Mack - Thanks! Of course, Ann makes the pic. I make it a habit to get my picture taken with people who can carry it. Lord knows I'm not up for it alone. :)

  • by Luc Debaisieux Thu Apr 17, 2008 via blog

    Cam - Wow! "... the root of participation is will". The potential of the idea behind these words is huge. Although fear is very human, the first step has always been the most difficult. Hopefully there are many proofs that it is often worth it. I am thankful that so many "simply did it" and attended to BS08. SO much to learn and share from a simple action. Time (spend sharing ideas online) and distance (from all over the world)... give to this story a whole new dimension.

  • by Arun Rajagopal Thu Apr 17, 2008 via blog

    The idea "The heart of social interaction is participation, and the root of participation is will." personally sums up my experience with social media since January 2007, when I started writing my blog. Beginning with a series of travel memoirs, my blogging has led me to be a part of a very active social media community and made me a better person, both personally and professionally. Since Blogger Social'08, I've resolved to increase my participation levels by contributing to more conversations. And one way to do that, like my good friend Luc Debaisieux says, is to listen to more conversations. There are so many amazing conversations happening all over the world, and social media is a really powerful channel to connect with the people who create them. Thank you for this very impressive post, Cam.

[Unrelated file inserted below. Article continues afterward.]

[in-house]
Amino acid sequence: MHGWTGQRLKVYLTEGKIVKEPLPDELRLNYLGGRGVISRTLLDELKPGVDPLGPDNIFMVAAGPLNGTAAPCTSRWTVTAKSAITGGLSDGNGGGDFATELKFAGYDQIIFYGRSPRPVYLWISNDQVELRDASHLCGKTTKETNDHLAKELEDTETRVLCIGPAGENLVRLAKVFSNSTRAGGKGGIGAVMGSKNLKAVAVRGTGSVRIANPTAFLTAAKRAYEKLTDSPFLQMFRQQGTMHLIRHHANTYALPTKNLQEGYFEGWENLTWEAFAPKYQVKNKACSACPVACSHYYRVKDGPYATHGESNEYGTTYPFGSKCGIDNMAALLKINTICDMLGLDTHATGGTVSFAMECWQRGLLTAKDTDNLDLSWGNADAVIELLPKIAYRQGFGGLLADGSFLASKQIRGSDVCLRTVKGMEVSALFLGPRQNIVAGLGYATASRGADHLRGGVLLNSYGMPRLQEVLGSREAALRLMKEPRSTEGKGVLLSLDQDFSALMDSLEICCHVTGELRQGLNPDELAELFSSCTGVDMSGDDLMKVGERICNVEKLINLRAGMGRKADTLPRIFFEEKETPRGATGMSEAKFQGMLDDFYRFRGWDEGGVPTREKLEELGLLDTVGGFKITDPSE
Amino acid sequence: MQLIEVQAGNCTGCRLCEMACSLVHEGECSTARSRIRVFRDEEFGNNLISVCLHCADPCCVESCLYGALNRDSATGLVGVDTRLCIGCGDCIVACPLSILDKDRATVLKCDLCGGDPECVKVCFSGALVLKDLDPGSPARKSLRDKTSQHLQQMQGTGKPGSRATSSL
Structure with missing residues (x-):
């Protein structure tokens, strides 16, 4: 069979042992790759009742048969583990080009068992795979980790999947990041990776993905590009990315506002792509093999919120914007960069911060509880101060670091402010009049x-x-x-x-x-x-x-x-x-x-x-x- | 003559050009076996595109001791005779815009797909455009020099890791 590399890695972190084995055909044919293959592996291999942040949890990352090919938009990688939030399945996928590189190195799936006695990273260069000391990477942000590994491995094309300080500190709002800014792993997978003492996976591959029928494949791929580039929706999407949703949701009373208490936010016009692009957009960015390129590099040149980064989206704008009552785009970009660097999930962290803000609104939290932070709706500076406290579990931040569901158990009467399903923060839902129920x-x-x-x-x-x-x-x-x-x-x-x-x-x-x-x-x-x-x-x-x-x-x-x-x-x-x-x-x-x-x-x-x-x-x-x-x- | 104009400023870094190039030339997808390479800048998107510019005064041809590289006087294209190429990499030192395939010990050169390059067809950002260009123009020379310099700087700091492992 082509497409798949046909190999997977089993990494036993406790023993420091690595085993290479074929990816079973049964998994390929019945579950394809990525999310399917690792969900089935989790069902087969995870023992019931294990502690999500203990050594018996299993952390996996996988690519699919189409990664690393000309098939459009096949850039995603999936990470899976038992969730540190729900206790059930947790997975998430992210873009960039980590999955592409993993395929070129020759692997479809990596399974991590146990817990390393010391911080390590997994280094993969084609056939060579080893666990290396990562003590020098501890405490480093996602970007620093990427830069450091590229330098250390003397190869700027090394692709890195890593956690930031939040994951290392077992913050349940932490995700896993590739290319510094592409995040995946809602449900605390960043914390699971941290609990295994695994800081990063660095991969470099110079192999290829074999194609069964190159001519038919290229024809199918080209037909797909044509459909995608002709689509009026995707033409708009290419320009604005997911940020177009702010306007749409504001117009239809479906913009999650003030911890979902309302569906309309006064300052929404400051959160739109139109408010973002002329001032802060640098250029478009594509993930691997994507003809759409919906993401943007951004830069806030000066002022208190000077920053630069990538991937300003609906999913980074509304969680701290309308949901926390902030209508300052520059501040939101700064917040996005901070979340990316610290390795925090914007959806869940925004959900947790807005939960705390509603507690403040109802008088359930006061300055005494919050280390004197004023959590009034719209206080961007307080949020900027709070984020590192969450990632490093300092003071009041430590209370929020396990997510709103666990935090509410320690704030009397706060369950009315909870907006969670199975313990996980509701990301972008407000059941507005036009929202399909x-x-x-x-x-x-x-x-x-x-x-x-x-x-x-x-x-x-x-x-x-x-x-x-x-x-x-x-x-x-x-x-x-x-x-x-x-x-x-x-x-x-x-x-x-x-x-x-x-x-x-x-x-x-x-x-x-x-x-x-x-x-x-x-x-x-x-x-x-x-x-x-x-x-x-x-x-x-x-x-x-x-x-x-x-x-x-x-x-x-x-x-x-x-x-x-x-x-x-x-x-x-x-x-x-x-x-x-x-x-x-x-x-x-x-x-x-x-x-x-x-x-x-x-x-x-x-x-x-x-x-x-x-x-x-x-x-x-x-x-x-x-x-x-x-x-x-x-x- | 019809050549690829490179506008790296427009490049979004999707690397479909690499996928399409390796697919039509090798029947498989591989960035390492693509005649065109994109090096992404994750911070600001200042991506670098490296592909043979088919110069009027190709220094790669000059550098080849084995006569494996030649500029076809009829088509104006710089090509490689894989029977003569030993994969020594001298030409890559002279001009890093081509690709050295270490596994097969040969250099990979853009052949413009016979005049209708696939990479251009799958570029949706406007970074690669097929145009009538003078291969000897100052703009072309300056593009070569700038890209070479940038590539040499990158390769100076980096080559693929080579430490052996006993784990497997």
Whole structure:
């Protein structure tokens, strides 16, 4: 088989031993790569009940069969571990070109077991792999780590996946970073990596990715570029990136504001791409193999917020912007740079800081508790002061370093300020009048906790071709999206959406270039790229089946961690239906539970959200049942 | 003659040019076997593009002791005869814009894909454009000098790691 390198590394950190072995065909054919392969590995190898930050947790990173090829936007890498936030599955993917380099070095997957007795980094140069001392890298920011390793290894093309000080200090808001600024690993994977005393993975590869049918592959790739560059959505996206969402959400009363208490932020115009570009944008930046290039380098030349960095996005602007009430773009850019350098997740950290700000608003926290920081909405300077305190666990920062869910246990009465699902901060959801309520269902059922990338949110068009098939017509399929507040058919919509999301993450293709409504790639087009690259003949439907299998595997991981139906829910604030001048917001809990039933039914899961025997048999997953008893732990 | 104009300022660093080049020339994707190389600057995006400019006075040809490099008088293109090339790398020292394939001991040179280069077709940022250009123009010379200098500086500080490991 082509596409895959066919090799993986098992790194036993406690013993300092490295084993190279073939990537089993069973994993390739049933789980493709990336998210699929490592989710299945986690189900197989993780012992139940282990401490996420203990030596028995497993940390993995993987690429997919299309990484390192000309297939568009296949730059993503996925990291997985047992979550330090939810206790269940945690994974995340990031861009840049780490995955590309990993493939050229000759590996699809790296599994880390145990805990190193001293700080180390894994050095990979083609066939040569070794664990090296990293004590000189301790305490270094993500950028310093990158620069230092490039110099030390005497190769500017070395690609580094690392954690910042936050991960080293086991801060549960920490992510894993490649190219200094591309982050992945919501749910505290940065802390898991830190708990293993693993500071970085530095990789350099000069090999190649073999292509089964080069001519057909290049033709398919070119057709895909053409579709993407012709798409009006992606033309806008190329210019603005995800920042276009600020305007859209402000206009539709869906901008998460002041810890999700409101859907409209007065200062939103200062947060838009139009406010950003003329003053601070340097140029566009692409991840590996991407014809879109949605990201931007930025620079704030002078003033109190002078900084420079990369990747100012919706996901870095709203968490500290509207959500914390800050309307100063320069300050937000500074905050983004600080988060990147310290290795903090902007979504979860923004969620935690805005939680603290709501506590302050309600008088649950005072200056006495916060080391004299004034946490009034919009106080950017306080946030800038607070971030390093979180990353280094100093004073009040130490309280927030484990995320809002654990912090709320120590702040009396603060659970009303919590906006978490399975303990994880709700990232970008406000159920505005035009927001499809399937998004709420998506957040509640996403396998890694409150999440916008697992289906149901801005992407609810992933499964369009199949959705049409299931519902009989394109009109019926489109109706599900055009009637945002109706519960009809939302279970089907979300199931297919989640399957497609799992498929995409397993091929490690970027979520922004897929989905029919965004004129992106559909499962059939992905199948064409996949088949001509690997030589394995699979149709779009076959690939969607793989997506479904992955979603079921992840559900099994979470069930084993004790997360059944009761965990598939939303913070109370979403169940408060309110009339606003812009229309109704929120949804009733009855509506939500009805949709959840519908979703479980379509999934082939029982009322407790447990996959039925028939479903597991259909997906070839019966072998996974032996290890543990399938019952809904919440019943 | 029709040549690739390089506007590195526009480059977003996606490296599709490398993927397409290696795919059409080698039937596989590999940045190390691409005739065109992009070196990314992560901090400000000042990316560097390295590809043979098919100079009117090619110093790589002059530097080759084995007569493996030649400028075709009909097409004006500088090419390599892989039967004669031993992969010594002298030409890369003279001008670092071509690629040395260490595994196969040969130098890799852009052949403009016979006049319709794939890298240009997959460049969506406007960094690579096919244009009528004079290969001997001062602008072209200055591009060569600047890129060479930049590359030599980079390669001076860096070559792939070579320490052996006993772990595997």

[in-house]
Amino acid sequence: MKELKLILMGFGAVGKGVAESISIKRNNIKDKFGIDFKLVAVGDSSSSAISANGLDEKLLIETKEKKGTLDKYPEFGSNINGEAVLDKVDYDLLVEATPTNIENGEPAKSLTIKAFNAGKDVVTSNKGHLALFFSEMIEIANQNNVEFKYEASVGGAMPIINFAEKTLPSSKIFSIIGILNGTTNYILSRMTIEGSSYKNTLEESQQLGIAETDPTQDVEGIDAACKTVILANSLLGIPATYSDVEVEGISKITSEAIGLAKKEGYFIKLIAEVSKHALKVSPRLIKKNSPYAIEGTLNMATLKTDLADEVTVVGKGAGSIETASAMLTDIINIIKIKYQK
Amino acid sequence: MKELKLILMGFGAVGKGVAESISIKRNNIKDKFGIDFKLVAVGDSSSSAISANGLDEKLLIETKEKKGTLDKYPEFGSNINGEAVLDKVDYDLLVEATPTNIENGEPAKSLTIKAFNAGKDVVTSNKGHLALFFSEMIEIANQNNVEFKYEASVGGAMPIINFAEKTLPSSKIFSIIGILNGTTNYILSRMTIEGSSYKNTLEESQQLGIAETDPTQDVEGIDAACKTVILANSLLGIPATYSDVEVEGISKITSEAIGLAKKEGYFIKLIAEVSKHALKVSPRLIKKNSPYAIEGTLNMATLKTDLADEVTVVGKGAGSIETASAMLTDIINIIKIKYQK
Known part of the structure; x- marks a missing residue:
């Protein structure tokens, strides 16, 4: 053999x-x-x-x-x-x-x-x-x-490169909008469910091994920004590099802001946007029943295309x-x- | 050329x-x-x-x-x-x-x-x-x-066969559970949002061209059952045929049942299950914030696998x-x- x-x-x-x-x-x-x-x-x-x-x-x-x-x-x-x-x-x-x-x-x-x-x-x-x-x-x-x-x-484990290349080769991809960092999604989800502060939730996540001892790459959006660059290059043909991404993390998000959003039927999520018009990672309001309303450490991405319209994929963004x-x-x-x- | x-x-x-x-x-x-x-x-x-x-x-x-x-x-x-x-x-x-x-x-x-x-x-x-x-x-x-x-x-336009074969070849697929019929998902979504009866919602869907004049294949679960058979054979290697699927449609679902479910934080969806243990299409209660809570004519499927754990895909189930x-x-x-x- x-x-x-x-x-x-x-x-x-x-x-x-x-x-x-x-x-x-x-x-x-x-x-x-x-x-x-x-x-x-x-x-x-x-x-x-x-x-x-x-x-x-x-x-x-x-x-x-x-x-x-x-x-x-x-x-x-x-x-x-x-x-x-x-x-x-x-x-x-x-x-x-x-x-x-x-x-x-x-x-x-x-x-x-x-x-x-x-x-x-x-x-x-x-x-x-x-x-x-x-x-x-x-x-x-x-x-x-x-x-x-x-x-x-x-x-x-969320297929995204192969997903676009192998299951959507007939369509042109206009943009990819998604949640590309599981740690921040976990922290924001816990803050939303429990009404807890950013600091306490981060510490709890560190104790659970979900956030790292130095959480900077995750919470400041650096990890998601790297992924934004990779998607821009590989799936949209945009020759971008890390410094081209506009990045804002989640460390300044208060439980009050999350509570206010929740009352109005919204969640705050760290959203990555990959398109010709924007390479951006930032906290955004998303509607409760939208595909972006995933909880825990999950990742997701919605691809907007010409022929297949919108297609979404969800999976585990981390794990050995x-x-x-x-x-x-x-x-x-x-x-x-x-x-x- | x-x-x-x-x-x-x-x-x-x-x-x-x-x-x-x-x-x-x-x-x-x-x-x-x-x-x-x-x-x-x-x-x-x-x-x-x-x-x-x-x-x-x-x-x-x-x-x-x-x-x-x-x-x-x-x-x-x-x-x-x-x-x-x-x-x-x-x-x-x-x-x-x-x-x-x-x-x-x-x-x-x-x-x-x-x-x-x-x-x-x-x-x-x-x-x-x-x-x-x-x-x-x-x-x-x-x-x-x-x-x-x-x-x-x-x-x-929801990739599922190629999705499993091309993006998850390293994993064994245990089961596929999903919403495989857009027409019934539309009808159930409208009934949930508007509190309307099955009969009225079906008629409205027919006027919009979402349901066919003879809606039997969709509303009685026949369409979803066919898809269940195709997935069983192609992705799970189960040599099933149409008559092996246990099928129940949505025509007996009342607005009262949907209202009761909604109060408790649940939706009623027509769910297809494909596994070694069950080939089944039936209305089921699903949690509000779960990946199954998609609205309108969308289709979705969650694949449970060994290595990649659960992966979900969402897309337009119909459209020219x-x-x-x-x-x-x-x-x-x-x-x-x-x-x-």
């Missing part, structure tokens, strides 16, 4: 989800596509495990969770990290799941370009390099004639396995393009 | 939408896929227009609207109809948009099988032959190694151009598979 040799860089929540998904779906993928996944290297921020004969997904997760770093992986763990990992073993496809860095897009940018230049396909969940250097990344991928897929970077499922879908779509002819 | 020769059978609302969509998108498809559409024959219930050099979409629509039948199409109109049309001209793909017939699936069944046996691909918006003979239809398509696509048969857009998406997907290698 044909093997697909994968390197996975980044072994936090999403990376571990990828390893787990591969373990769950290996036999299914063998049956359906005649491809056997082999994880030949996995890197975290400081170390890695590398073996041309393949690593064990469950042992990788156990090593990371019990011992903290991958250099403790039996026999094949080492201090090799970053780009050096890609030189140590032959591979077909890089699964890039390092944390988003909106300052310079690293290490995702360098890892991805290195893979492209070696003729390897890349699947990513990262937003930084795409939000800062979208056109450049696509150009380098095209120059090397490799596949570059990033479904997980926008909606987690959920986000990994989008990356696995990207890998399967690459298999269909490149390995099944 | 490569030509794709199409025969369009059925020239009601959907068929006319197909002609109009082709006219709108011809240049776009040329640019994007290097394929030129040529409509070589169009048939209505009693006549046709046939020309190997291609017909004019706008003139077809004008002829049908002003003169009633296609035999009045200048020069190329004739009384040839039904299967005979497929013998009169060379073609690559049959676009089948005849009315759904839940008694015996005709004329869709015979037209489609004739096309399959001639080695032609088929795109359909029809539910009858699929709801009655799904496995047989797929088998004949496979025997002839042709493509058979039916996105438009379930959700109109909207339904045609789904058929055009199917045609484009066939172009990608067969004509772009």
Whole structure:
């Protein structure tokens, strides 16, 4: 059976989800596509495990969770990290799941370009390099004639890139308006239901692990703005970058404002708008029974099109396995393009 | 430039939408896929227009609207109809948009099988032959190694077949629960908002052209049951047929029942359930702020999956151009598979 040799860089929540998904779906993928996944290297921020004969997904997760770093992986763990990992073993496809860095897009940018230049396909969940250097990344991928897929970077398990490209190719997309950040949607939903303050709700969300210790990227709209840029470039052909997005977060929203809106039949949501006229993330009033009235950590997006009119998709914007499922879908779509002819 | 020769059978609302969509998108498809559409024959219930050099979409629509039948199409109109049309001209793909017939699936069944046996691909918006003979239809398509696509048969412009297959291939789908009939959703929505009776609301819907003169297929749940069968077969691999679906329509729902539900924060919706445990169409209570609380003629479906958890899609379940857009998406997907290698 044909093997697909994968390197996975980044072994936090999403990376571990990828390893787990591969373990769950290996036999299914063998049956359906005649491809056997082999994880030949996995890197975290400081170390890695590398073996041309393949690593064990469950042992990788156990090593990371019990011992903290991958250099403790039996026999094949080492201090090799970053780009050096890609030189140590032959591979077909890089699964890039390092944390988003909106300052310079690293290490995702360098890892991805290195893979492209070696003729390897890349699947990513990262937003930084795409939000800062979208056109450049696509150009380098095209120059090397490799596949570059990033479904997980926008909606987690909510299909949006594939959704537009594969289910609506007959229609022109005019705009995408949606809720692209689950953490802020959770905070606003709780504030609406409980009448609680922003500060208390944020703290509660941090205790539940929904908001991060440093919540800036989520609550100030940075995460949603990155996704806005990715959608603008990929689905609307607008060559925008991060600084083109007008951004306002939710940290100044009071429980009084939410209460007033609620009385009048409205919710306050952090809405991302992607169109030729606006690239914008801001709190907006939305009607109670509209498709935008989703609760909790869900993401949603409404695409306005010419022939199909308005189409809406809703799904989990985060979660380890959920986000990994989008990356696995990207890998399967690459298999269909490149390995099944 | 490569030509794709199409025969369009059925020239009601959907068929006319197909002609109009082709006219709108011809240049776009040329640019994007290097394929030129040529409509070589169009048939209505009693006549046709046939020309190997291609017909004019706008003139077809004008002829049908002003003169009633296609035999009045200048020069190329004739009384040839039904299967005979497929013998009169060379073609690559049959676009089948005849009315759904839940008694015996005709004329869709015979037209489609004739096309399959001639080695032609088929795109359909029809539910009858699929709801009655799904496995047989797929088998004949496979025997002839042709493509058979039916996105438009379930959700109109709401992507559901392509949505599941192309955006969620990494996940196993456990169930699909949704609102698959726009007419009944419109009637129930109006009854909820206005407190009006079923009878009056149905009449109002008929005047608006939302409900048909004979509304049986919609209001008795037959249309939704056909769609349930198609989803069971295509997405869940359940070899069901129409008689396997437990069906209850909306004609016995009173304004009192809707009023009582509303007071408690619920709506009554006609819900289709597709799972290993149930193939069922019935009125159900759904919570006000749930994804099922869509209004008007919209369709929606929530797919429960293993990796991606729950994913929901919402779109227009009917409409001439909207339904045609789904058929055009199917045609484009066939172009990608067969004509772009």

• by Cam Beck Thu Apr 17, 2008 via blog

    Luc - I'm afraid I don't remember all of the specifics, but your comment reminded me of the famous composer/pianist who said the hardest part of playing in front of an audience was opening up the piano. Thank you for that.

  • by Cam Beck Thu Apr 17, 2008 via blog

    Arun - You (and Luc, for that matter) are living proof of just how small the world is. I'm so grateful that I got to finally meet you. If you find yourself in or near Dallas, please give me a shout.

  • by Luc Debaisieux Thu Apr 17, 2008 via blog

    Cam - Thank you and please let me return the call if you come anywhere near Brussels. - Very nice illustration with the pianist.

  • by Tammy Allen Fri Apr 18, 2008 via blog